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Svend
19/04/2004

Last week, when the story broke, I was willing to cut Svend Robinson a bit more slack than some other commentators. I thought it was reasonable to believe that, in a psychologically-driven moment of self-sabotage, Robinson performed an uncharacteristc act and commited a crime for which he should have expected he'd be caught. I found his story to be credible and I was willing to look at it as more of a personal problem than an ethical issue.

New evidence has since come along. But before I saw it, I thought it was fair to make the distinction between someone whose mental state made it easier to submit to a crazy impulse and someone who stole something because they wanted it. In fact, I was imagining that perhaps Robinson's action was an escape route: an irrational action "designed" to make it possible for him to radically change his life and pursue something other than the vocation he chose at a young age.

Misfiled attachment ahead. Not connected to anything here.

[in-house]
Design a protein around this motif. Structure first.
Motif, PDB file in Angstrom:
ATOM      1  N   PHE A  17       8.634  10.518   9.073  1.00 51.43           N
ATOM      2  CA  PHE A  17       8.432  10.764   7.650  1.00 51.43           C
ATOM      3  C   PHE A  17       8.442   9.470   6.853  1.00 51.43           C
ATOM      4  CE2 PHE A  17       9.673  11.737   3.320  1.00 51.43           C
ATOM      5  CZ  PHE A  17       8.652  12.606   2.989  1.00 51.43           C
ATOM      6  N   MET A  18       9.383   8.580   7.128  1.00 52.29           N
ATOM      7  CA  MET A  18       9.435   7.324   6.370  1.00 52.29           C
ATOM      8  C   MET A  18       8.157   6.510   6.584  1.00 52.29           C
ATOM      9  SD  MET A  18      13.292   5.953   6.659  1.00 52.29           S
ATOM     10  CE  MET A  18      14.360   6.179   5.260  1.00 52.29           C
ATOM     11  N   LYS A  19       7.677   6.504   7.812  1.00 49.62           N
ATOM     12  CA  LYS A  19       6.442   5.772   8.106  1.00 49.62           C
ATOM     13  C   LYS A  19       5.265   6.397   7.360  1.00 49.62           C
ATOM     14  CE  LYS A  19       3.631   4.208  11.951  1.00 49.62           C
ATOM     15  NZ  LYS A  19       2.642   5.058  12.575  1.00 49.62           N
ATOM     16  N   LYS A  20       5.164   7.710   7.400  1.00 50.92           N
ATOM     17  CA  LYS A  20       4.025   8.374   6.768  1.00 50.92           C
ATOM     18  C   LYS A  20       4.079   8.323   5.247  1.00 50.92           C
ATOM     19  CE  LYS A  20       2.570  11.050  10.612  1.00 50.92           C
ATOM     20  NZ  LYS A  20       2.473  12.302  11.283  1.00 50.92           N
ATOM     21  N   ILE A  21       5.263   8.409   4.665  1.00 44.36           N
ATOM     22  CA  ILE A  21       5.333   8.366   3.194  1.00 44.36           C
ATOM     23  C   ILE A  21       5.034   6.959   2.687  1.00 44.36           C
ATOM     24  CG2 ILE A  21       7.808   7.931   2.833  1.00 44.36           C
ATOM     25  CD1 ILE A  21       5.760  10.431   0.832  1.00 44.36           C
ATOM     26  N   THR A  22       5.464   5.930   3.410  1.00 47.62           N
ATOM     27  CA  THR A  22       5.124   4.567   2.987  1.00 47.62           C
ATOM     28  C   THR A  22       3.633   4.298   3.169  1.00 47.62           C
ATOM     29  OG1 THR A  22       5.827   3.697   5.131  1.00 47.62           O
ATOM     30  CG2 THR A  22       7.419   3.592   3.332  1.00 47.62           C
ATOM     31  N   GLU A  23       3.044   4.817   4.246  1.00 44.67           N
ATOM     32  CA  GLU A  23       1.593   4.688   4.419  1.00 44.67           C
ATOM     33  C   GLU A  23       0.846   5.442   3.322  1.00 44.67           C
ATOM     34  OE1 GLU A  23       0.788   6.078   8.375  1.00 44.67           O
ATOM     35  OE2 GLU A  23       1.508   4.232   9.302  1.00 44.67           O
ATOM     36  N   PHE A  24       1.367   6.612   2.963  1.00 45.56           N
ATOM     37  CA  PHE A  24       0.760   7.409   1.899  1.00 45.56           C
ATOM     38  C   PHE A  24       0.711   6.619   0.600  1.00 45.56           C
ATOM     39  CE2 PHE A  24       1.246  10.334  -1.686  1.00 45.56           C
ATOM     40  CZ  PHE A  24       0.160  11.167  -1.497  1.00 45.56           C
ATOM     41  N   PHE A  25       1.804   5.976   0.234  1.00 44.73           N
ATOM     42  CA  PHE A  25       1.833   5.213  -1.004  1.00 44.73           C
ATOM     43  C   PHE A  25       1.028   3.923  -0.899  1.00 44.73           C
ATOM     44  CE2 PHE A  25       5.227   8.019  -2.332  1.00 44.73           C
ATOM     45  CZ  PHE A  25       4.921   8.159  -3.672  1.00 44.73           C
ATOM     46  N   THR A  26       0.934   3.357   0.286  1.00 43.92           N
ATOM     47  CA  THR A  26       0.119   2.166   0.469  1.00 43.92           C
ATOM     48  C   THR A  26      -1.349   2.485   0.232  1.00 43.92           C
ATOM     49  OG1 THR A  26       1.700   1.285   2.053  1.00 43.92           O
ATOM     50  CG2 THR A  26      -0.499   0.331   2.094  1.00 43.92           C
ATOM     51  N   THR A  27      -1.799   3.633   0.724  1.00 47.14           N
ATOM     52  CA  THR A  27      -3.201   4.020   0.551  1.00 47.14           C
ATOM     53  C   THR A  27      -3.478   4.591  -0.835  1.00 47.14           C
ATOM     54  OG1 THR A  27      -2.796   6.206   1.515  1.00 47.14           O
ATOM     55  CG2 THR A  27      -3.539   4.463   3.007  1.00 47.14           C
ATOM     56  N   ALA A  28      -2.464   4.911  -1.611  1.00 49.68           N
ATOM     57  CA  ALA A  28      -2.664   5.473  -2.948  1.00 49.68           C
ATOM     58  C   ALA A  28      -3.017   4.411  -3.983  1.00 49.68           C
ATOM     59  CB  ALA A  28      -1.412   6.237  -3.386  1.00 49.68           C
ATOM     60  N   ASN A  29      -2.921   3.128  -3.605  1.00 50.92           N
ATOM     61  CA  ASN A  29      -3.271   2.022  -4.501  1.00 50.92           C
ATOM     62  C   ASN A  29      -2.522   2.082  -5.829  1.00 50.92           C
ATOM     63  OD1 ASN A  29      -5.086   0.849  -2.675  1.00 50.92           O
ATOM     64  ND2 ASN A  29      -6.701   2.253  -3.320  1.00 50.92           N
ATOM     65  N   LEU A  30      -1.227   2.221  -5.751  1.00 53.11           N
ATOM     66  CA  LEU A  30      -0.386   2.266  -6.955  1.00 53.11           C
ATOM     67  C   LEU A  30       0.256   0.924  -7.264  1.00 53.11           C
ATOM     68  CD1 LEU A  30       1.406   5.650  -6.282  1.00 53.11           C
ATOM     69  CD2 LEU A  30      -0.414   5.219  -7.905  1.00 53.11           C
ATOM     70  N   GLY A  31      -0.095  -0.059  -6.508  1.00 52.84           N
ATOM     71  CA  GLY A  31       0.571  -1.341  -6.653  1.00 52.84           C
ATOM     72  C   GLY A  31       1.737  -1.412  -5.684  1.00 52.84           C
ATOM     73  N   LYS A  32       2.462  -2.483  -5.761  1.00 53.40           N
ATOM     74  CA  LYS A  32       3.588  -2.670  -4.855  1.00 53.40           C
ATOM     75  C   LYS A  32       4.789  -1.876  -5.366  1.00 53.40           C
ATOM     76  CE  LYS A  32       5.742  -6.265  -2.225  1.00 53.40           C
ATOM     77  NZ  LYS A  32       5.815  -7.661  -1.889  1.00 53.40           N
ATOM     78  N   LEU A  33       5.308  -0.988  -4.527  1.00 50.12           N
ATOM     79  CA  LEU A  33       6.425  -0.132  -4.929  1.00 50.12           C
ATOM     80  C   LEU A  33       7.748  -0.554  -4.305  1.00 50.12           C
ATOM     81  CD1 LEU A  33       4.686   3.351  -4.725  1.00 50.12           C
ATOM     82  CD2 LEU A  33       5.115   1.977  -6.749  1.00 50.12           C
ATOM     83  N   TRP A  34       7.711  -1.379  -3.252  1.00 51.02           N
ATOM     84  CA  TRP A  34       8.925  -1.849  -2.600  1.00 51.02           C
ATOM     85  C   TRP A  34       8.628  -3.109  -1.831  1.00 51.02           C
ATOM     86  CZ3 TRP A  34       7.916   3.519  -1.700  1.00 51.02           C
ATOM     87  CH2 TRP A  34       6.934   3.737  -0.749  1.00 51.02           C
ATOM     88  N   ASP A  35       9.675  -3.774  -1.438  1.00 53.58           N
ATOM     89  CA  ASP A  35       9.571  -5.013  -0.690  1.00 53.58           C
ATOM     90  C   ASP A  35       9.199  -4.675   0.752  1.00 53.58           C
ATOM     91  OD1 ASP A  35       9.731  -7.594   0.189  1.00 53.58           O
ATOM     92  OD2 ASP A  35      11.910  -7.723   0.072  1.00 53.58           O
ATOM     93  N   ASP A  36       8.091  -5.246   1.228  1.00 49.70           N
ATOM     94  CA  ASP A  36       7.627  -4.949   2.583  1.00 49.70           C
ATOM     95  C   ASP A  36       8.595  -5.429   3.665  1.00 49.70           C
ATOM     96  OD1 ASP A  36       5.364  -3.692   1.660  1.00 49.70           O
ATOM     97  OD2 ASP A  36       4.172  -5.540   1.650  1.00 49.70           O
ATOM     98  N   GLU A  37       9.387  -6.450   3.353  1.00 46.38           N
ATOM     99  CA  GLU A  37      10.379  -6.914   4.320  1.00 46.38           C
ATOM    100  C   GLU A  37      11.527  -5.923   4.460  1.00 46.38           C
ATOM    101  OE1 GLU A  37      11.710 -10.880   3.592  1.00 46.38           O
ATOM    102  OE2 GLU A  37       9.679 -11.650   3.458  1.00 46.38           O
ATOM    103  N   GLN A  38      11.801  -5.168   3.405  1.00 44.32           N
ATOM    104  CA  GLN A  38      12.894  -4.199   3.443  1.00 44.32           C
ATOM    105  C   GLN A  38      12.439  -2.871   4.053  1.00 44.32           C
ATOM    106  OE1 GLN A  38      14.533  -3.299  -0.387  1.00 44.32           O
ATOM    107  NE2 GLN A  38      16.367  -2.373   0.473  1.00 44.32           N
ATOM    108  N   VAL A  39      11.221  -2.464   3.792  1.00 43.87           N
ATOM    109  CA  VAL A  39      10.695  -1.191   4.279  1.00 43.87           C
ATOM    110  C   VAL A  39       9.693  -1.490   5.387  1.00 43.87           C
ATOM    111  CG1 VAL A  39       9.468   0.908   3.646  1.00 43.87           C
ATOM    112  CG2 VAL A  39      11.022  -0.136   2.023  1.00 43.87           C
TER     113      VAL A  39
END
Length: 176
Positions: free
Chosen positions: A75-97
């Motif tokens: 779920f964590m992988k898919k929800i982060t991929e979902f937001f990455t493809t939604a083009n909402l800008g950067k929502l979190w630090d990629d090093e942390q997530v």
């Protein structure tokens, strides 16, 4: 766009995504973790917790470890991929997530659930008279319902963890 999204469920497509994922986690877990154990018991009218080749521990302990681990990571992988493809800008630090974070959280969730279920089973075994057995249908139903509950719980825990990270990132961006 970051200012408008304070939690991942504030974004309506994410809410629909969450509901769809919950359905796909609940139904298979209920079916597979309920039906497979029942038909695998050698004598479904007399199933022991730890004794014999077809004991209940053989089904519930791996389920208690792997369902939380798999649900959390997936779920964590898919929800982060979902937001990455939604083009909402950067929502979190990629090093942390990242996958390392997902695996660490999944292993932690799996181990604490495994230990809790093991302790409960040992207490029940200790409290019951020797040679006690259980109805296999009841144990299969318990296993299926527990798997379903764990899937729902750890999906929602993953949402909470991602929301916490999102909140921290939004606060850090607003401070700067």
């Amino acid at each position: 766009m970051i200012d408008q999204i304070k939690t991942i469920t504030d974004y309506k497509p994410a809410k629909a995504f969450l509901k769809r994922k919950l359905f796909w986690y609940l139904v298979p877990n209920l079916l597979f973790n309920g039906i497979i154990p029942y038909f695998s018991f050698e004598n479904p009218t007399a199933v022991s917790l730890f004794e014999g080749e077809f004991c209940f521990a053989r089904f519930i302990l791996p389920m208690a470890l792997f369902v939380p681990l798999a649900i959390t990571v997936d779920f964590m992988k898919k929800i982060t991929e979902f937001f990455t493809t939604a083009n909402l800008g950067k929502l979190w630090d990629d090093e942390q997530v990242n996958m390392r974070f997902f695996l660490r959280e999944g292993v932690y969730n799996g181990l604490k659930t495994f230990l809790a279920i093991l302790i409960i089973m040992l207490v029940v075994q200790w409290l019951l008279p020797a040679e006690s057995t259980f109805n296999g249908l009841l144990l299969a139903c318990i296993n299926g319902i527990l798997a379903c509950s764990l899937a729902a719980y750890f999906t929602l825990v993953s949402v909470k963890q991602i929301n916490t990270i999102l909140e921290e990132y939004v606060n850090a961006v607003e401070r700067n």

Given all that, I thought it reasonable to refrain from calling him a dirty, rotten crook. I had respect for his confession and acceptance of blame, and I hoped he would retire from Parliament and sort his life out.

But now things sound a little different. He was in the market for a nice, big diamond -- this wasn't just some random grab. Also, the RCMP knew about his guilt before he confessed, and Robinson likely knew that he wouldn't be able to get away with it.

The ring that Robinson was shopping for was to be an engagement ring for his partner, and he was having it custom made with a large diamond. Media speculation about the stolen ring is that it may have been a lady's ring with a 2-karat diamond.

Overall, I'm finding it harder to believe that Robinson's action was the sort of breakdown I was giving him credit for. He may indeed have emotional troubles, but this is sounding more and more like a straightforward crime to me.

POSTSCRIPT: After writing the above, I found a long, interesting comment thread attached to Andrew Coyne's most recent post on this subject.


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